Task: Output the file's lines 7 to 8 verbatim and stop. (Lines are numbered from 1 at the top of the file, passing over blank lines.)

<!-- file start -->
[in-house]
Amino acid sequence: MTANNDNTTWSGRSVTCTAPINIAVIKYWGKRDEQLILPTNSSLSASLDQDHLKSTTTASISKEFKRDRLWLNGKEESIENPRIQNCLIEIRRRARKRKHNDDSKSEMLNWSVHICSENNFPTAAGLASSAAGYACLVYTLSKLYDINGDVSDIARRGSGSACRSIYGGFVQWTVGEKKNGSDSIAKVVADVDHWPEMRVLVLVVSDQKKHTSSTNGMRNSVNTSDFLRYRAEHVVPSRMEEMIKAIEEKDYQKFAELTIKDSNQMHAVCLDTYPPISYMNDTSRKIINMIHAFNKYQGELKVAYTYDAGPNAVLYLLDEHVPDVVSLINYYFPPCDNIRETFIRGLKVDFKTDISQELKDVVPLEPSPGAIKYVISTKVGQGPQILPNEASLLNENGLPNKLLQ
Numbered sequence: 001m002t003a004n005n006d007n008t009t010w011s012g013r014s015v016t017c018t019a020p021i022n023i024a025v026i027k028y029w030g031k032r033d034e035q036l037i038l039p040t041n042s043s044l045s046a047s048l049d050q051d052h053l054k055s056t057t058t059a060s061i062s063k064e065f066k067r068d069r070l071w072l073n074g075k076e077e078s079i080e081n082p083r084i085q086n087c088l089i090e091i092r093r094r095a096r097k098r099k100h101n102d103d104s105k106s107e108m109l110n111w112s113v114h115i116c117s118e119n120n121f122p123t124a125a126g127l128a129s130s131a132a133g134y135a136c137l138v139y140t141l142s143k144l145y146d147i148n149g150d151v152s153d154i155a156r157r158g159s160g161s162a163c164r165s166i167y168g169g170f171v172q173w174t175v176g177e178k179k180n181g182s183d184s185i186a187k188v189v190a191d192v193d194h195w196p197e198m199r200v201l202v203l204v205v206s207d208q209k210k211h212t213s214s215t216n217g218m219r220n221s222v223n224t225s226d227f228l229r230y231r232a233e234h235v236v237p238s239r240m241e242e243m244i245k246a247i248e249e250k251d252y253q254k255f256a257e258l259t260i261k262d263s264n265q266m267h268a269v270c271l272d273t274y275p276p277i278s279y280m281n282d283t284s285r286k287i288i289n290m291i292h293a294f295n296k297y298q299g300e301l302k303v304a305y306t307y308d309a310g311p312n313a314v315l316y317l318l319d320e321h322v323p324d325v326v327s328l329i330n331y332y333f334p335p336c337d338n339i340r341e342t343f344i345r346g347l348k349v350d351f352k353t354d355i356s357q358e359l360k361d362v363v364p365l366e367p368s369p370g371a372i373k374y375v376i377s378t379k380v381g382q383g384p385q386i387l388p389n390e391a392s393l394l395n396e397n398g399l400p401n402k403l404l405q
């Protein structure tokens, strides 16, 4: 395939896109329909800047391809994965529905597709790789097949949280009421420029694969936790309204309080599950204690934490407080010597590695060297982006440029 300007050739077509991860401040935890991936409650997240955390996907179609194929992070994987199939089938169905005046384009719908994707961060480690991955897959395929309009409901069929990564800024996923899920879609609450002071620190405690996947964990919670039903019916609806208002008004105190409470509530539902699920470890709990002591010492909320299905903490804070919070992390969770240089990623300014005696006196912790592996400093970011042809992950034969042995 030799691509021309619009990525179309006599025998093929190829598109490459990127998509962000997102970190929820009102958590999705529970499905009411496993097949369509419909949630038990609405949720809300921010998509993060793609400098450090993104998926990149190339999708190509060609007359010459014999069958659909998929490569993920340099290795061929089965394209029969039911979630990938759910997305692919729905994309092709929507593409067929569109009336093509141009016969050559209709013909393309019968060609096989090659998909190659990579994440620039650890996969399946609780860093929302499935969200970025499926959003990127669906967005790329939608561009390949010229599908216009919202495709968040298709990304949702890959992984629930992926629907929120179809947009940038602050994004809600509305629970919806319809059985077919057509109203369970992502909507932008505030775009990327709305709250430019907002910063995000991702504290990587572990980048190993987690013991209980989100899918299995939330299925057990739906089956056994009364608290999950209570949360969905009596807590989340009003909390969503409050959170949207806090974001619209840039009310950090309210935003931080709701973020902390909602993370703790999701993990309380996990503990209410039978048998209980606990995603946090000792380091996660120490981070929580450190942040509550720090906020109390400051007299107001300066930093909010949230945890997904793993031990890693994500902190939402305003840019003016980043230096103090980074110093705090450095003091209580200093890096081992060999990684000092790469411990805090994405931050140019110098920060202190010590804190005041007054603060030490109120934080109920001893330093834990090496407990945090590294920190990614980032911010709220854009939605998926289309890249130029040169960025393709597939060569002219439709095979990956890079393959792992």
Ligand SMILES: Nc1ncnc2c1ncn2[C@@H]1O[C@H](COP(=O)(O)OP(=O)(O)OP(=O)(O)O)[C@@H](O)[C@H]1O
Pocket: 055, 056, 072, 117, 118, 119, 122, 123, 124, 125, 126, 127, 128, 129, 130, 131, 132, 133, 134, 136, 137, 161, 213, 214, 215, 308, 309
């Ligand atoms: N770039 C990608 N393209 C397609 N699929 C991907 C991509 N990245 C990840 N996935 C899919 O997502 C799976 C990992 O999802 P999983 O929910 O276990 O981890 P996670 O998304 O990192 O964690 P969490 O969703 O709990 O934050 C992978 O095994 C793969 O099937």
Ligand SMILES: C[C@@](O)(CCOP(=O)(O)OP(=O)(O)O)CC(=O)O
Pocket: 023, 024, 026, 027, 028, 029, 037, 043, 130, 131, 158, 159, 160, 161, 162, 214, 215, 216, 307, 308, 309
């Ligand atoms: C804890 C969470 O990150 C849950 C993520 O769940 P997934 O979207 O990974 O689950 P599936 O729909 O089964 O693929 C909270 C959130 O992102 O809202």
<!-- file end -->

């Ligand atoms: N770039 C990608 N393209 C397609 N699929 C991907 C991509 N990245 C990840 N996935 C899919 O997502 C799976 C990992 O999802 P999983 O929910 O276990 O981890 P996670 O998304 O990192 O964690 P969490 O969703 O709990 O934050 C992978 O095994 C793969 O099937």
Ligand SMILES: C[C@@](O)(CCOP(=O)(O)OP(=O)(O)O)CC(=O)O